goblet pleat illustration, soft window treatment, draperies
Swags and Cascades: Swags remain a classic in traditional decorating. One advantage of this treatment is it can frame the window without obstructing the view.

Although they appear to be a continuous length of fabric, they are actually carefully constructed.

A classic swag is cut on the bias to allow for softer folds. Both ends are arranged into pleats and mounted on a board or rod falling into soft semi- circles.

The cascade is a tapered piece of fabric that is vertically folded and hung over the side of the swag.

Take care when selecting your fabric for swags. You want a fabric that is soft and will drape without creasing in the center of the swag.

Think also of the fabric’s print. When cutting on the bias, linear prints will run diagonally across the swag.

Swag & Cascade illustration, soft window treatments, draperiesFormal Kingston, soft window treatments

M’Fay Patterns has a great selection of swag & cascade patterns, as well as many other styles. Visit their well-illustrated website. 
Click here to view their soft window treatments. 

3. Informal Window Treatments

“Soft window treatments” is a great phrase to describe less formal window coverings.

Casual treatments are less fussy and less structured. The fabrics used tend to be easier to care for and lighter in weight.

In recent years swags and cascades have been adapted for more informal settings. “Pole swags”, “poor boy swags”, and “scarf swags” are all terms used to describe more casual swag treatments.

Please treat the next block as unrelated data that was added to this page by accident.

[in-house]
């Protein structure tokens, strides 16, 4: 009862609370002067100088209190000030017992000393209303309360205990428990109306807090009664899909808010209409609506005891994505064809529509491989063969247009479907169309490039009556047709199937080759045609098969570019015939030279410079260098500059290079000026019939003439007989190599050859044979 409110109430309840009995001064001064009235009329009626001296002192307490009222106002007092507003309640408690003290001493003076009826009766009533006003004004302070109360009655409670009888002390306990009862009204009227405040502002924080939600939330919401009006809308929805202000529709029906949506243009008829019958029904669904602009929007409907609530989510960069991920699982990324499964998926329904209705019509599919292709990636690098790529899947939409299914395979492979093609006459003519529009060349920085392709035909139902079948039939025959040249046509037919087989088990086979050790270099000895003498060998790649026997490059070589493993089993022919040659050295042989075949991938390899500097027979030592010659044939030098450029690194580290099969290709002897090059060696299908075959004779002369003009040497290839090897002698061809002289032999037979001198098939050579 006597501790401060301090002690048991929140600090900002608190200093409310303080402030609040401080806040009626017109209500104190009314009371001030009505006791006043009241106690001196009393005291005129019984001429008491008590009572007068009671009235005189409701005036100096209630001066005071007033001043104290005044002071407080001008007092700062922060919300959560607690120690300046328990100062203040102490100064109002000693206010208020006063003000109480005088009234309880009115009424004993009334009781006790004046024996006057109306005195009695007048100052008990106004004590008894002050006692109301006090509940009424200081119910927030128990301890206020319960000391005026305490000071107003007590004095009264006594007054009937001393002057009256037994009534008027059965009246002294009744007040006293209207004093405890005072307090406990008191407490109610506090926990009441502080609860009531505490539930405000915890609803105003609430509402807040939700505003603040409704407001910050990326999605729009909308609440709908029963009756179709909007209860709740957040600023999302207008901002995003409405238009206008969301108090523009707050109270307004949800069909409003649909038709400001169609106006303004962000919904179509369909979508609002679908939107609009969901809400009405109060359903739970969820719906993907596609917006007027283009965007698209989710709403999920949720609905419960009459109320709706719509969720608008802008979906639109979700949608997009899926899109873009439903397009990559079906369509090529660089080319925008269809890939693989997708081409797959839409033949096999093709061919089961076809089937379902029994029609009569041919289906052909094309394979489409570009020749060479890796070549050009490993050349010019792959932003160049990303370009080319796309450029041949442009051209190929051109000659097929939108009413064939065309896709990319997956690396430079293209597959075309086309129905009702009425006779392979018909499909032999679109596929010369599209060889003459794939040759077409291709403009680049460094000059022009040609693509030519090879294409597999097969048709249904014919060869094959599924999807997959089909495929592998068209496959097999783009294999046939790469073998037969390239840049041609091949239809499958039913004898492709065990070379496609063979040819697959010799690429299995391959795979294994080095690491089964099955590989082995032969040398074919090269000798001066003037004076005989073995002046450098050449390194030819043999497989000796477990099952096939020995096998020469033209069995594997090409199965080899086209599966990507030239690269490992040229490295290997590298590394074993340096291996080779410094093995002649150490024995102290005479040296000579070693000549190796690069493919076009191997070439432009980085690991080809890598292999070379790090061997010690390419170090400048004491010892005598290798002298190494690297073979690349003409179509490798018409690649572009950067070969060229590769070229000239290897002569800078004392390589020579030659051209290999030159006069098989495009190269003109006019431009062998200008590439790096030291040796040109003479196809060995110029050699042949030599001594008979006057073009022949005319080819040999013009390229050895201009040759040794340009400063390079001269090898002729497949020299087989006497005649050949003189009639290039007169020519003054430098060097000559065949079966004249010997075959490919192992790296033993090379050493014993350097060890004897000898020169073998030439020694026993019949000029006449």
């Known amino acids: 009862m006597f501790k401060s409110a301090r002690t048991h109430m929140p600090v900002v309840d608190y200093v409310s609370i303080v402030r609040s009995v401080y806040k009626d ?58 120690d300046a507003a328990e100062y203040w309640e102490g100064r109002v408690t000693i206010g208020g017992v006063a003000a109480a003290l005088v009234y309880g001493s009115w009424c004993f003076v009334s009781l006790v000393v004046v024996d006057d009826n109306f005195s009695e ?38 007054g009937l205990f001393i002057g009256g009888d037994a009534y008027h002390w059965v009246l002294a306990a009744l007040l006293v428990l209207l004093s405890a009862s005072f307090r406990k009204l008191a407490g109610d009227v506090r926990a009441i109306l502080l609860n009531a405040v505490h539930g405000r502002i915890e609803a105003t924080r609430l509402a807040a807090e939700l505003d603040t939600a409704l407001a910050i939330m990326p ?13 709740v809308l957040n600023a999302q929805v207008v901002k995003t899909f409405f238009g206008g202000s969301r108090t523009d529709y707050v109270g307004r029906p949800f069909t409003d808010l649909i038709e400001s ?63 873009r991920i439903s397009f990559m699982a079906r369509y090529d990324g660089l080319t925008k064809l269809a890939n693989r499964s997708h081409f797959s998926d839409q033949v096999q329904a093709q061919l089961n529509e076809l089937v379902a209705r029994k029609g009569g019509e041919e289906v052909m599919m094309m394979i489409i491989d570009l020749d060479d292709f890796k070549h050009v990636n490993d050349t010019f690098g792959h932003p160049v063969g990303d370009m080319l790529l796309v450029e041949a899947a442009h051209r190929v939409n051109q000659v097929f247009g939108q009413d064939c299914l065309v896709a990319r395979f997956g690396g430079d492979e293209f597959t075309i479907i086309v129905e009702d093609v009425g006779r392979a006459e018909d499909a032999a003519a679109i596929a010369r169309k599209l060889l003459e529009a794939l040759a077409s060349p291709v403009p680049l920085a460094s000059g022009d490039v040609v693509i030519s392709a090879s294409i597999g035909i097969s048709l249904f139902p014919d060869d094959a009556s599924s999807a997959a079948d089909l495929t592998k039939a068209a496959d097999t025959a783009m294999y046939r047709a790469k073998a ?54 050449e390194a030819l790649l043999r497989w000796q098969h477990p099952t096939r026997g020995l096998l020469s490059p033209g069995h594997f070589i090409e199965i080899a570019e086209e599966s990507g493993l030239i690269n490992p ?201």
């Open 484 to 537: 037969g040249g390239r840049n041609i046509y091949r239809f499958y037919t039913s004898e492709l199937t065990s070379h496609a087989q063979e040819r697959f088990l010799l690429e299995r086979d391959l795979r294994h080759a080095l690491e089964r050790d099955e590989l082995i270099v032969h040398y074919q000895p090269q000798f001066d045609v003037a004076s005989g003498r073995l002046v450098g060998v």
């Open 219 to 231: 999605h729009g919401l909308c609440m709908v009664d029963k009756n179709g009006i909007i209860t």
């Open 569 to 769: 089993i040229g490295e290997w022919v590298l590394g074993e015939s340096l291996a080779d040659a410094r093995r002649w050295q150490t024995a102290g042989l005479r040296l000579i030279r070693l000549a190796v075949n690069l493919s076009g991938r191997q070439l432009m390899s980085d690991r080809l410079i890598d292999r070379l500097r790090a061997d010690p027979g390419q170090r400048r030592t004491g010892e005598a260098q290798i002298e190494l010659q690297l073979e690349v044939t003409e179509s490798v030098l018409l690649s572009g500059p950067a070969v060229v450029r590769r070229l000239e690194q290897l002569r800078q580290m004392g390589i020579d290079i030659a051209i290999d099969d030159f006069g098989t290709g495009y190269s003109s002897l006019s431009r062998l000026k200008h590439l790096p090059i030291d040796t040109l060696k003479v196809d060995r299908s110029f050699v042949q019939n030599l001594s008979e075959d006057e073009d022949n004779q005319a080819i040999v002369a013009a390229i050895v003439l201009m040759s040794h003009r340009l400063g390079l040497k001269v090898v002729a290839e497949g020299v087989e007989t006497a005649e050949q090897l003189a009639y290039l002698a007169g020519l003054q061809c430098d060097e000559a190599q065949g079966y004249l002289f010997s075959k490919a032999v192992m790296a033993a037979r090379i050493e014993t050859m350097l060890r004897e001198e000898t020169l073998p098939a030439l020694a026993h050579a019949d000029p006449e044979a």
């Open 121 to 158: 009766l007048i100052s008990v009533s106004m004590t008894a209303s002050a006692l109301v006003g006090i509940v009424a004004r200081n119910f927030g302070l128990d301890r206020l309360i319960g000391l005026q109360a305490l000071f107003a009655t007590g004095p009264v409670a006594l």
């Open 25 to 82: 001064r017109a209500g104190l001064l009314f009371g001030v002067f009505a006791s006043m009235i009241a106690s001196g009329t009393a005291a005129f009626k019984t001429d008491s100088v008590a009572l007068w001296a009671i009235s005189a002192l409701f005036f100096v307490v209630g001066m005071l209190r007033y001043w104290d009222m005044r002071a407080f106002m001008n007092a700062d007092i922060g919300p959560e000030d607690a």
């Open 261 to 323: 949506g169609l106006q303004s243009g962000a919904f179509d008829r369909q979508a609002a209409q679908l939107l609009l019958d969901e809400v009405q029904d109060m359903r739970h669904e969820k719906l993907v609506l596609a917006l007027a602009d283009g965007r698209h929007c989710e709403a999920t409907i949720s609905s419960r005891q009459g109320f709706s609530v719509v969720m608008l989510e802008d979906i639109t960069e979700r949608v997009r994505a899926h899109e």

Don’t be fooled into thinking they have simply been thrown over a rod. It takes a lot of folding, time and patience (sometimes Velcro, staples and a glue gun!) to achieve the casual “just thrown over the pole” look.

kingston pole swag, soft window treatmentcasual pole swag


Tab-Top Curtains

Tab-Top Curtains were once thought suitable only for a “country” look. That is no longer the case. The right fabric and trim now allow this carefree treatment to adapt to almost any style.

Valances, in many styles, remain a favorite. They are simple in design but very practical.

A wood blind or shade, when raised, can easily disappear under a valance. It doesn’t obstruct the view, but it does add a finishing touch.

Murphy valance


Country Curtains has a wonderful selection of casual window treatments. Their online and printed catalog can be a real source of inspiration for casual styles. Browse their selection of soft window treatments here. 


Whatever your style, remember your soft window treatments should enhance your room’s décor, not overwhelm it. They can soften hard lines and add color, texture, and pattern to a room. Consider all the elements of your space before making a final decision for your window treatments. 

Custom-Tailored or Ready-Made Window Treatments

…Which Will It Be?

Custom-Tailored or Ready-Made Window Treatments?